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Guns debate has parallels on our shores


John Hirst

We're an odd mob when it comes to death duties and private schools.

EACH nation has its oddities. We are appalled at the devotion of Americans to their guns. Americans would be surprised that there are no death duties in Australia and that one in three children attend private schools, which receive government funding.

In the United States there are federal death duties (or estate duties) and most states have them as well. Only 6 per cent of children attend private schools, which do not receive government funding.

The Australian Greens used to be opposed to government funding of private schools and in favour of death duties. They have recently softened or abandoned these positions. The major parties criticise these Green policies as ''extreme''. In the United States they are mainstream.

Our oddities over death duties and schools are truly odd because we think of ourselves as a more egalitarian society than the United States.

The argument for death duties is that large fortunes should not be passed on intact from generation to generation and so entrench inequality. Or at least death duties extract some contribution from the rich, when in life they may well have avoided paying their proper share of taxation.

Australia used to have state and federal death duties. In 1977 Queensland premier Joh Bjelke-Petersen abolished death duties to attract old people to his state. Other states and the Commonwealth followed.

The argument for a common schooling is that all children should get an equal start in life and learn to regard children of all sorts as their equals. You shouldn't be able to buy a better education for a child and isolate them in a privileged enclosure.

American schools of course differ enormously and since they are run and funded locally, rich districts produce better schooling than poor. Still, parents don't feel that they have to go private to get a good education for their children, and for all their suspicion of the state (much stronger than here) nearly all Americans trust the state, in the form of the local school board, to educate their children.

The American university scene is very different. The best universities are private, and paying to see a child through college is a huge burden. Our universities were always public but they did charge fees.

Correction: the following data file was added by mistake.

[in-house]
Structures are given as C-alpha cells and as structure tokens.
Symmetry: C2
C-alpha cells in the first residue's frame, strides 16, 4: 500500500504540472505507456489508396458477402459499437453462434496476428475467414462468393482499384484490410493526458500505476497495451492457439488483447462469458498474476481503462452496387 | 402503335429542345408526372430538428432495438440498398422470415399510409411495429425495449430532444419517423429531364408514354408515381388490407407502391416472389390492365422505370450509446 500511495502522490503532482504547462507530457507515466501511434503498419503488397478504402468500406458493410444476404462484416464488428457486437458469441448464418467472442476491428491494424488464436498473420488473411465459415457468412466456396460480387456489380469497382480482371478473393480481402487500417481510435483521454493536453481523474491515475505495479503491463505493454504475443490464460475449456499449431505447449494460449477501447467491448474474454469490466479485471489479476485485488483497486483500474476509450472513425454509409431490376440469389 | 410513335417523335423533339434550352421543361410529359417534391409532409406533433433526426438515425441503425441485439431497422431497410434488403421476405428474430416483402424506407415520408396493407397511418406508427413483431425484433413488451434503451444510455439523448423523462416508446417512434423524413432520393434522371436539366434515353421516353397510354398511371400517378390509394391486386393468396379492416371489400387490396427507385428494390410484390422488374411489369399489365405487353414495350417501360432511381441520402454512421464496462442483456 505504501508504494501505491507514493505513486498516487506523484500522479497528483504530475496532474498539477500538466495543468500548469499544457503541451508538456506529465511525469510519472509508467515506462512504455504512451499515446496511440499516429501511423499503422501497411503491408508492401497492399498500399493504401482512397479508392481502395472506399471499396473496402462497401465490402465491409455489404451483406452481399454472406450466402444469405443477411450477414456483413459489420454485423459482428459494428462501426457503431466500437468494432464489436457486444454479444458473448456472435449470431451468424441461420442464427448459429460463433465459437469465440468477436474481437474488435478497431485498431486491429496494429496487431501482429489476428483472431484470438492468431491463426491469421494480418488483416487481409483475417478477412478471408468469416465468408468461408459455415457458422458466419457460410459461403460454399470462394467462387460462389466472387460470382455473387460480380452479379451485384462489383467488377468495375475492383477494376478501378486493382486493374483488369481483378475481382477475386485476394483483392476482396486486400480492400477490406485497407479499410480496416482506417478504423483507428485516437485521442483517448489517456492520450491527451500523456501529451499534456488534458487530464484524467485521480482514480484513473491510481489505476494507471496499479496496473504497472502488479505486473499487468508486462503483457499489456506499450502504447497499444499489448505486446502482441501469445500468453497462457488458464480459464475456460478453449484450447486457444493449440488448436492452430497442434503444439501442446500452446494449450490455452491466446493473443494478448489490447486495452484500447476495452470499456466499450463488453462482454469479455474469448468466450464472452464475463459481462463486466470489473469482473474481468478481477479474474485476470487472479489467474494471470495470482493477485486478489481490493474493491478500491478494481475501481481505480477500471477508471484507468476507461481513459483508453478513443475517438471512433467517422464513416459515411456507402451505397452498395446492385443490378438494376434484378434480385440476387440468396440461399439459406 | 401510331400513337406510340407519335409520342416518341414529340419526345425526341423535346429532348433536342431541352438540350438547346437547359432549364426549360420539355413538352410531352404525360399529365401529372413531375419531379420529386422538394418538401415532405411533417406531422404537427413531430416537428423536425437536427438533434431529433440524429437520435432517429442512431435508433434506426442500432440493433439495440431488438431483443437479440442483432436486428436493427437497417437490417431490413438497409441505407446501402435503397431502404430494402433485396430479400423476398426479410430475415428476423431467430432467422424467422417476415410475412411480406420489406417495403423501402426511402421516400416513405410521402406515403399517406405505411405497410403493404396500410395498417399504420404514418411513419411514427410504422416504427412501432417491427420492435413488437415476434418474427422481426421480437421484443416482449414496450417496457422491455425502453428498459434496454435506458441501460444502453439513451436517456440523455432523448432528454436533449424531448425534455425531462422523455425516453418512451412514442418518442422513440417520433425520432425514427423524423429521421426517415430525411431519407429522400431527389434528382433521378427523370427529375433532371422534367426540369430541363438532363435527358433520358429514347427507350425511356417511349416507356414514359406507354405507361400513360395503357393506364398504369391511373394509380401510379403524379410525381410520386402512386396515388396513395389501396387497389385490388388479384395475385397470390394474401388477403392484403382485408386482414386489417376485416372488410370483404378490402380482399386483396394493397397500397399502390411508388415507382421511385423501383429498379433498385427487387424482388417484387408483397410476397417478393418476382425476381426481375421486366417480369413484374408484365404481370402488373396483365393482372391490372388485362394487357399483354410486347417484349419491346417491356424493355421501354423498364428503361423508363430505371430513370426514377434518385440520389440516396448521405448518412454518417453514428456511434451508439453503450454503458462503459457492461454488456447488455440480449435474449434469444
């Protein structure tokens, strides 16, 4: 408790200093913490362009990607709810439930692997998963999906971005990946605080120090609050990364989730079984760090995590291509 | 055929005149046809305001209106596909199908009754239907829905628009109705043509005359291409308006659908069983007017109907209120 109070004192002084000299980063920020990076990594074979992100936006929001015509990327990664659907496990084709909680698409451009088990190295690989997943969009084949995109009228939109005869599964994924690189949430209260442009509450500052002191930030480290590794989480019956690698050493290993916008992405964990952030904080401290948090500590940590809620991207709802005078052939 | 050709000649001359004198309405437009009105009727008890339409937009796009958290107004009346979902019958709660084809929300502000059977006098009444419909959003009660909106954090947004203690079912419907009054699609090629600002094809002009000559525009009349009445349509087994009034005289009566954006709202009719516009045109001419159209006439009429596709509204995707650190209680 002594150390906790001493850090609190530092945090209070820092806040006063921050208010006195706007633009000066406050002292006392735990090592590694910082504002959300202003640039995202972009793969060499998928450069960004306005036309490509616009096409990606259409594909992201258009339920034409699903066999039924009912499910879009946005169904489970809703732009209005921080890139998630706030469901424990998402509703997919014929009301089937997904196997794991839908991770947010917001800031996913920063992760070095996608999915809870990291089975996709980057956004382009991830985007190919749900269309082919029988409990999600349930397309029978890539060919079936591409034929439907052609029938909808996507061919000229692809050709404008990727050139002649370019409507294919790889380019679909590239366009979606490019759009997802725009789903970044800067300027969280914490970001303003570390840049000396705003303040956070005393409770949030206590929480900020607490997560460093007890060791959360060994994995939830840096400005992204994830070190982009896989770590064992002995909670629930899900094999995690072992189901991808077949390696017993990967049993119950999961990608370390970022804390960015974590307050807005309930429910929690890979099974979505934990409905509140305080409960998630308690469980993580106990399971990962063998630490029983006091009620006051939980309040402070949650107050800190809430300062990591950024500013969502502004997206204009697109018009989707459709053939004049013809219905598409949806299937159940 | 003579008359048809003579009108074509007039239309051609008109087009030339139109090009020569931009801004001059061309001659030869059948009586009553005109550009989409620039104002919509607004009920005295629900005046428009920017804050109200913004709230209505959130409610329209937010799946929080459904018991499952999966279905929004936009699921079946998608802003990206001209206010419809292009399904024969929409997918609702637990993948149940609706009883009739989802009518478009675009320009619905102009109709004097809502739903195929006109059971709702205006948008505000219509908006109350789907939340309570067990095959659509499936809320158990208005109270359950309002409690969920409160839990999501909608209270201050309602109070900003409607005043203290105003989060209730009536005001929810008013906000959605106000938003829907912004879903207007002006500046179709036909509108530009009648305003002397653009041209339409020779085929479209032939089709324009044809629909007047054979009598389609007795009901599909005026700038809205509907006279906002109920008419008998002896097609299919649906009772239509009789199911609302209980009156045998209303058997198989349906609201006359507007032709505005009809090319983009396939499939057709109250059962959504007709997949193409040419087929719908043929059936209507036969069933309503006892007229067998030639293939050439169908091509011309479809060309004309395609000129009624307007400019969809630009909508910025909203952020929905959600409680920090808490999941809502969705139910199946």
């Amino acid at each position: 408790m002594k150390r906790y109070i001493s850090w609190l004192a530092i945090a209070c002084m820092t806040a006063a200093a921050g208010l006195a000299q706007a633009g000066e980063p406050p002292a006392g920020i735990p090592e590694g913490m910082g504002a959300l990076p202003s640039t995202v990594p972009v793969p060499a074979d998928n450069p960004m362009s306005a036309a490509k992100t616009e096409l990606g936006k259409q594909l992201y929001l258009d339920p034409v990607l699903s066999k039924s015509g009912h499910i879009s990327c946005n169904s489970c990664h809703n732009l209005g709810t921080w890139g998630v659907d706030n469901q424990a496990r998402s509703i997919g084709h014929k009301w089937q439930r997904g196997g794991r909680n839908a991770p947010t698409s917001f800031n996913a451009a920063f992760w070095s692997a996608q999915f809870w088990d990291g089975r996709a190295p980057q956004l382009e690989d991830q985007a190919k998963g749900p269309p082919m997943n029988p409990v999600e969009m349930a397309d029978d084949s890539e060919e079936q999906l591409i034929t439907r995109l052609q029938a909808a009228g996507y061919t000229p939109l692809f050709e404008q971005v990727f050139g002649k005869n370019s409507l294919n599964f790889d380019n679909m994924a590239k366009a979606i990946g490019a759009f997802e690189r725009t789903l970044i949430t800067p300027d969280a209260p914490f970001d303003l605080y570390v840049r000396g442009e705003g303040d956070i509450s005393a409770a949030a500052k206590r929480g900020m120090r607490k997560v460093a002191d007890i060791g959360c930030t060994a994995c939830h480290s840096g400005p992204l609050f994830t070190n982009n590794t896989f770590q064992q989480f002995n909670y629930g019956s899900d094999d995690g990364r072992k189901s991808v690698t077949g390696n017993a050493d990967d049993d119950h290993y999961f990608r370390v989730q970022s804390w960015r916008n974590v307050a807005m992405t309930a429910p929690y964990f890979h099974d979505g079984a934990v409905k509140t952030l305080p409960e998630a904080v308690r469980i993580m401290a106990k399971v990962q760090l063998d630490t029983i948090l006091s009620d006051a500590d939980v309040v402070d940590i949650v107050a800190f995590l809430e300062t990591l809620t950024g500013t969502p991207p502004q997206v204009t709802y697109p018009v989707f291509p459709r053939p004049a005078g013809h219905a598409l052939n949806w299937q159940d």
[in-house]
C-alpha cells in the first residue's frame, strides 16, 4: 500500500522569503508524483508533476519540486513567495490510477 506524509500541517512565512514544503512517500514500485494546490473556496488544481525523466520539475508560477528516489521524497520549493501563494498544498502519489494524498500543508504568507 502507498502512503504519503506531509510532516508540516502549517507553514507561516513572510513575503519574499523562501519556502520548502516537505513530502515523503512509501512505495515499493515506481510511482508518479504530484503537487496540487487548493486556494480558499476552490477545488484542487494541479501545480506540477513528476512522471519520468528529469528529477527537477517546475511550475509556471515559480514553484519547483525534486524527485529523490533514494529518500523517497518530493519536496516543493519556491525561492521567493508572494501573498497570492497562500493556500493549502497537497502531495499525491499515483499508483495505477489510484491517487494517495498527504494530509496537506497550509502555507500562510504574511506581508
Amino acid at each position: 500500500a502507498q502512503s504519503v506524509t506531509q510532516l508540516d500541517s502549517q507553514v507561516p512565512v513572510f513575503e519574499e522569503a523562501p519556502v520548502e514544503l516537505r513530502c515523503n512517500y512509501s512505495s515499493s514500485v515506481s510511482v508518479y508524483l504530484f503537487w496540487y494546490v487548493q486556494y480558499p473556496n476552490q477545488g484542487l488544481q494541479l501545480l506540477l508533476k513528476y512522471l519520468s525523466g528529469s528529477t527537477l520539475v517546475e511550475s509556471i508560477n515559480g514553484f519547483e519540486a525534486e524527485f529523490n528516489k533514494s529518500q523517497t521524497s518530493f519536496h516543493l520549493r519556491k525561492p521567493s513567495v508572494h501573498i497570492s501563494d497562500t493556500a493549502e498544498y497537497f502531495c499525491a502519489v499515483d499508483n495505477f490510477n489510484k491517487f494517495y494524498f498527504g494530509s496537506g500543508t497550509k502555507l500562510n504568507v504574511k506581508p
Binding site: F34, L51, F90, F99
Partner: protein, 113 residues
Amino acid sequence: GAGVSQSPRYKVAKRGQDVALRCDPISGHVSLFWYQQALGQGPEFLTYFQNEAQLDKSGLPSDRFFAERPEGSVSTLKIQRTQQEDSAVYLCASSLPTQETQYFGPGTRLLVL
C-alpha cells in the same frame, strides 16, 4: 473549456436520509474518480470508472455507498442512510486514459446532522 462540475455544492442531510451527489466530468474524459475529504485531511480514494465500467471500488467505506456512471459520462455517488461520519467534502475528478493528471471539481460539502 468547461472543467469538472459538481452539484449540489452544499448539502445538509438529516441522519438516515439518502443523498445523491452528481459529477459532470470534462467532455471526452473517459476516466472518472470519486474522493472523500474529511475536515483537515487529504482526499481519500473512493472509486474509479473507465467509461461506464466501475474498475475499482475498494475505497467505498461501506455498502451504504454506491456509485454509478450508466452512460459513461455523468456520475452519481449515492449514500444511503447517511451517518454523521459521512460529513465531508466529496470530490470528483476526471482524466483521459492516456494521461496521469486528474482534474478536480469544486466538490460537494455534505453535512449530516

Our egalitarian impulse is more evident in our policies for universities. Menzies provided scholarships so that able children could go to university with their fees paid; they would have a living allowance as well. Whitlam abolished fees altogether. When that policy could not be sustained, Hawke reintroduced fees but with the very clever proviso of allowing you to pay them after you had graduated, but only if you were earning enough to do so. That was designed to keep access to universities open to all able students no matter their parents' means.

So why did private schooling become so well entrenched in egalitarian Australia? The aim of those who founded the state education systems in the 19th century was the same as the American aim: government schools should take all children no matter what their background and religion and educate them together in a common citizenship.

All churches came to accept this, except the Catholics, who were a much larger minority than in the United States. They kept their own schools, which was a huge struggle because the state no longer gave aid to church schools. The ideal of educating all children together had failed, but it was too late to rethink. Protestants who had given up their own schools would never countenance resuming aid to church schools, which now meant Catholic schools.

For almost a hundred years the Catholics fruitlessly requested aid for their schools. This was the grievance that rankled most deeply in our society. It was Menzies and the Liberal Party, the much more Protestant party, that first relaxed the ban in the 1960s with aid to laboratories and libraries in private schools. From that has grown the generous funding that sustains our huge private school sector. It embraces much more than the Catholics; 40 per cent of the privately educated children are in non-Catholic schools.

The reasons why these enrolments have grown are complex. Has the quality of state schooling really declined or are over-anxious parents prejudiced against it?

Certainly, conscientious middle-class parents now almost feel obliged to send their children to a private school. Some wish they did not have to do so and know that by avoiding state schools they help downgrade them further. It's like the people who reluctantly buy guns in the United States because, with so many guns about, they feel they have to protect themselves and their families.

Americans do private security; Australians do private schooling. There is a tipping point when faith in the state fatally erodes.

Australia still feels an egalitarian place. We are an informal people who treat each other as equals and we don't worship success as the Americans do. As the Greens have discovered, most Australians do not see the absence of death duties and the prevalence of private schools as a threat to the Australia they value. I hope they are right.

John Hirst is a historian. His latest book is The Shortest History of Europe.

HuffPost Australia

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